Expert Blog: Future of UK Shopping Centres in doubt as COVID-19 impact adds to their problems
Retail Research Associate Nelson Blackley discusses the impact of COVID-19 on the future of UK shopping centres
On 1 November 2018, the BBC published an article on the front page of its website which warned that more than 200 UK shopping centres were in danger of falling into administration. The article quoted me as agreeing that this risk was real because there are "too many of them (shopping centres) doing exactly the same, with the same range of stores and products and that's not attractive or appealing to consumers," as well as problems caused by “the demise of some of their larger ‘anchor’ Department stores”.
These challenges have continued since then with even more Departments stores struggling to survive or having gone into administration, for example Debenhams, House of Fraser, John Lewis and Beales. So over the past few years the UK’s largest owners of shopping centres and their investors have nervously observed the continued structural shift towards online retailing as well as numerous struggling retailers such as Debenhams and Arcadia Group (two of the UK’s biggest retail tenants) being able to cut their rent bills through company voluntary arrangements. (CVAs)
But during the past few weeks COVID-19 has presented problems of an entirely different order and has torn up the rulebook of landlord and tenant negotiations in a way that could never have been anticipated just seventeen months ago, and with it the future viability of even the UK’s largest and most successful shopping centres.
All shops except ‘essential’ retailers such as supermarkets and pharmacies were forced to close two weeks ago as the UK elevated its response to coronavirus. The UK Government then followed this by banning landlords from evicting tenants for three months for missing a payment due to coronavirus.
So now, having been forced to close, thousands of these ‘non-essential’ retailers and restaurants are now fighting to save every pound they can. As a result only about 30% of the next quarter’s £2.5 billion rent bill was paid at last week’s deadline. Some retail landlords received less than 10% of due rent, although this has varied depending on the retail tenant mix.
Intu, the owner of, amongst others, the Trafford Centre in Manchester and Nottingham’s Victoria and Broadmarsh Centres, and which has £4.5 billion of debts, was on the brink of collapse even before coronavirus took hold. It revealed it had only received 29% of the rent payments that were due on Wednesday 25 March, the deadline for the April-June quarter - compared with 77% a year ago highlighting the huge impact this crisis is having on even the UK’s largest commercial landlords. Intu’s tenants Primark and Debenhams were among the retail businesses that have said they have no intention of paying rents now due, leaving retail landlords to pick up the cost.
Hammerson, another major player in the UK retail property sector also entered this crisis mired in debt after failing to anticipate changes in the UK retail market and consumer behaviours. They revealed that, two days after deadline, they’d only been paid 37 per cent of the rent that was billed in the UK for the second quarter. After stripping out rent that has been waived, deferred, or switched to monthly payments, the figure climbs to only 57 per cent of what was due.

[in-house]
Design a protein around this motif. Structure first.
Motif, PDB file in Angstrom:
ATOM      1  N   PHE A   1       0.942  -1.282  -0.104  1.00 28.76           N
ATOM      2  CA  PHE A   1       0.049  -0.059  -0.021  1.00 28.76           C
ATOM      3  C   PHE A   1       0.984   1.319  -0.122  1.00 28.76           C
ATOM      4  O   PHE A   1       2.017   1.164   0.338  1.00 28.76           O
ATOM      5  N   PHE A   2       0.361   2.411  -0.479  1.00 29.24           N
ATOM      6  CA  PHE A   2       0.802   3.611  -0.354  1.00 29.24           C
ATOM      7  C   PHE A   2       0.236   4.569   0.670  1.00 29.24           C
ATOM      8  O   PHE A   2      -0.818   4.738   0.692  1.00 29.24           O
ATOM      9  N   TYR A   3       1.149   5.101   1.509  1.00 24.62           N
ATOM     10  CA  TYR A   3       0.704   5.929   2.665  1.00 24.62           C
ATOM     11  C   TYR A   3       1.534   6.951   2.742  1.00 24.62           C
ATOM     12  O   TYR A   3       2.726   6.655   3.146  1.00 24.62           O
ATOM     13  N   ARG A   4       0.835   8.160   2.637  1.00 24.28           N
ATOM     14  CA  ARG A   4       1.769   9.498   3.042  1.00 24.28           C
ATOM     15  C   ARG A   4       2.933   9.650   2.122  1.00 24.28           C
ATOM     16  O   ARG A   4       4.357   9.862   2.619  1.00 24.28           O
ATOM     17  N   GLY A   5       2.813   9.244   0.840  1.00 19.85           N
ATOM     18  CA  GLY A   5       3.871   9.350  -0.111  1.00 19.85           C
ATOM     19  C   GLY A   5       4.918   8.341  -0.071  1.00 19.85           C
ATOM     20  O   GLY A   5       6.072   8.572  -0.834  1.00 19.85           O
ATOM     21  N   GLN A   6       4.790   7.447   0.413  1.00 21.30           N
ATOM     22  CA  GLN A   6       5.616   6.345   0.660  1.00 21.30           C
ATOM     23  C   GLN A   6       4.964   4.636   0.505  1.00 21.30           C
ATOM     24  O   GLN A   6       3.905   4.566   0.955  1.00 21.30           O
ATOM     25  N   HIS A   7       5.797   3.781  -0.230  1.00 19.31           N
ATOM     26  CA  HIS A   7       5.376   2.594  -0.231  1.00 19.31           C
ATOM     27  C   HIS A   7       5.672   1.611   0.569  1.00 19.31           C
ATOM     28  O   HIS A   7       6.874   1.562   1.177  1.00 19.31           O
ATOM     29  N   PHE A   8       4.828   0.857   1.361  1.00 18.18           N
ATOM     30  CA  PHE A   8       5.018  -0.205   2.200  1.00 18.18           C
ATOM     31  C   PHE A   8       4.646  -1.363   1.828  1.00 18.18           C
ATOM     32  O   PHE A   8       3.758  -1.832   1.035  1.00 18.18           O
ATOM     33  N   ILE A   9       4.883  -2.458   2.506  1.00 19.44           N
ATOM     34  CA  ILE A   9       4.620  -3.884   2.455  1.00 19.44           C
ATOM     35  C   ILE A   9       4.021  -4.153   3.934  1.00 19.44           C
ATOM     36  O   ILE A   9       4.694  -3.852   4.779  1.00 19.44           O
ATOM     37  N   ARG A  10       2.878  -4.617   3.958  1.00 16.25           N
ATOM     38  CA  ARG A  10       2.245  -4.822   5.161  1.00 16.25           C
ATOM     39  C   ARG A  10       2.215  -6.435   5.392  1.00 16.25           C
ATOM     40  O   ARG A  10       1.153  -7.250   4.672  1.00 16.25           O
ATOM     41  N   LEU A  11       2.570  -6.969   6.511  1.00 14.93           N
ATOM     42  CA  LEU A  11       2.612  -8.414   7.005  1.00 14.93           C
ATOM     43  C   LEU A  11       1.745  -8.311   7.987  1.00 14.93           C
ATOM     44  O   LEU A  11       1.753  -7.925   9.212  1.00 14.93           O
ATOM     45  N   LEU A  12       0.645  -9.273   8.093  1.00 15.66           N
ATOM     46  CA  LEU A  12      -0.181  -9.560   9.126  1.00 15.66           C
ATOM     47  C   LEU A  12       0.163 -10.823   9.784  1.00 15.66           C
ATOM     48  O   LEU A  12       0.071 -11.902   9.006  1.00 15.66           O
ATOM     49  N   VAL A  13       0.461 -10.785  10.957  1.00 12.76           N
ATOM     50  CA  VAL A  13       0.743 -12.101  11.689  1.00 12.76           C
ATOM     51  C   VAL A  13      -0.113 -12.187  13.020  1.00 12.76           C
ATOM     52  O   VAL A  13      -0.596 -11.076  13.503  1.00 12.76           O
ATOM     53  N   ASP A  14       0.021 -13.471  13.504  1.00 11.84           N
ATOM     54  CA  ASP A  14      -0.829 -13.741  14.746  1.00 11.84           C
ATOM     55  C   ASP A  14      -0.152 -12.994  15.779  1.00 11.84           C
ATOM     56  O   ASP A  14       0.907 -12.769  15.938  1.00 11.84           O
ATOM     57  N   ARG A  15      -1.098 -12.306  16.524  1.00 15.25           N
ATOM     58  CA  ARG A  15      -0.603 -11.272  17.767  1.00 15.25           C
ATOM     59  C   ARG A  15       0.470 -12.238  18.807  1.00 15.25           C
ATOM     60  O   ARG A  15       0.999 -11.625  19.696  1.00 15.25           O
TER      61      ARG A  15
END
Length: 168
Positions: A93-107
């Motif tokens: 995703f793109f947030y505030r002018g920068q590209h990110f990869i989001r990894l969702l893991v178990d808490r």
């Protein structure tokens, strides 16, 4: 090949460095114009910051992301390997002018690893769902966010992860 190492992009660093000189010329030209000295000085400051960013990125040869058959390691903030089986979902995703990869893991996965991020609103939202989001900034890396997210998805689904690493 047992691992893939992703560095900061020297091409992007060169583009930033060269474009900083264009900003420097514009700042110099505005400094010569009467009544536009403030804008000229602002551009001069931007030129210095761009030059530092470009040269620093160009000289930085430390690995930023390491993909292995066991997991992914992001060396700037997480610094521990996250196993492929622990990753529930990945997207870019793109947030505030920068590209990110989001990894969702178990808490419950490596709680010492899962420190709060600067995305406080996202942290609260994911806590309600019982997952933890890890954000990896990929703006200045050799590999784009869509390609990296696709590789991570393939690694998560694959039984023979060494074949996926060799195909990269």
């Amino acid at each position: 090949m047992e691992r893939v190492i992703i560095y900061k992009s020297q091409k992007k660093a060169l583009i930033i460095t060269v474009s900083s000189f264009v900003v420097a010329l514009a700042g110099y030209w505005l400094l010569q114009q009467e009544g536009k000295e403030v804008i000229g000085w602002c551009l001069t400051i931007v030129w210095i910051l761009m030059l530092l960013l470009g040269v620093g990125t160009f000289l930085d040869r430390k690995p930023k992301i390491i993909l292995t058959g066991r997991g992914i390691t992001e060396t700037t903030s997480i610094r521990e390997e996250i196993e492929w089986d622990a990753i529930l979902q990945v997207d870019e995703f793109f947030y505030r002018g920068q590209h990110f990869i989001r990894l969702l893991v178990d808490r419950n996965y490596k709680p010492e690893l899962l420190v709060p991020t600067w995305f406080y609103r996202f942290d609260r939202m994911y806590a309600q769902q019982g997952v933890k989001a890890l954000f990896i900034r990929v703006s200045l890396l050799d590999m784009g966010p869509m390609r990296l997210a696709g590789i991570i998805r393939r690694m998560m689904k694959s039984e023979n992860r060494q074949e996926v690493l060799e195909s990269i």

Hammerson, like all other retail landlords have received a variety of requests for rent deferrals, monthly payments and waivers, which they will be reviewing on a case-by-case basis, taking into account the business model and risk profile of the occupier. Although its centres at Brent Cross, London and Birmingham’s Bullring Birmingham are still open for tenants designated ‘essential’ retailers, 96% of retail units across its flagship sites are shut and its Victoria, Leeds and Highcross, Leicester centres have closed completely.
NewRiver has reported it received 60% of first quarter retail rents, significantly higher than many other retail landlords. However, almost two-thirds of its retail assets are anchored by major grocery retailers and as a result, 36% of its retail occupiers by gross income are currently still trading. In total, these quarterly rents represented 77% of NewRiver’s retail rent due, with the remainder being monthly rents, for which the next collection date was 1 April 2020.
British Land, the FTSE 100 property giant, have a £4.8 billion retail portfolio (around 41% of its total property value) but only 12% of their retail tenants stores are currently open for business. The retail landlord, whose properties include Meadowhall Shopping Centre in Sheffield and Valentine Retail Park in Lincoln, have only around 200 ‘essential’ individual units (12% of its total UK store portfolio) remaining open. Its shares have collapsed by almost 40% this year. They have said they would defer the £40 million of rent due from larger retail, hospitality and leisure tenants for March’s quarter day, spread repayment over six months from September this year and would waive rents for the next three months for smaller retail, leisure and hospitality tenants.
Property lobby groups held talks with the Treasury last week, trying to thrash out a relief package for landlords, some of which could be left unable to service the interest payments on their debt. They are pushing the Treasury to make a pot of money available to landlords with temporary cashflow issues, pointing out that real estate accounts for £183 billion of pension fund and insurance company investments. So directly or indirectly, many of us have a significant pecuniary interest in the survival of our shopping centres, but at these times of economic Darwinism, that is difficult for even the most optimistic observer to imagine.
- Category: Research; Nottingham Business School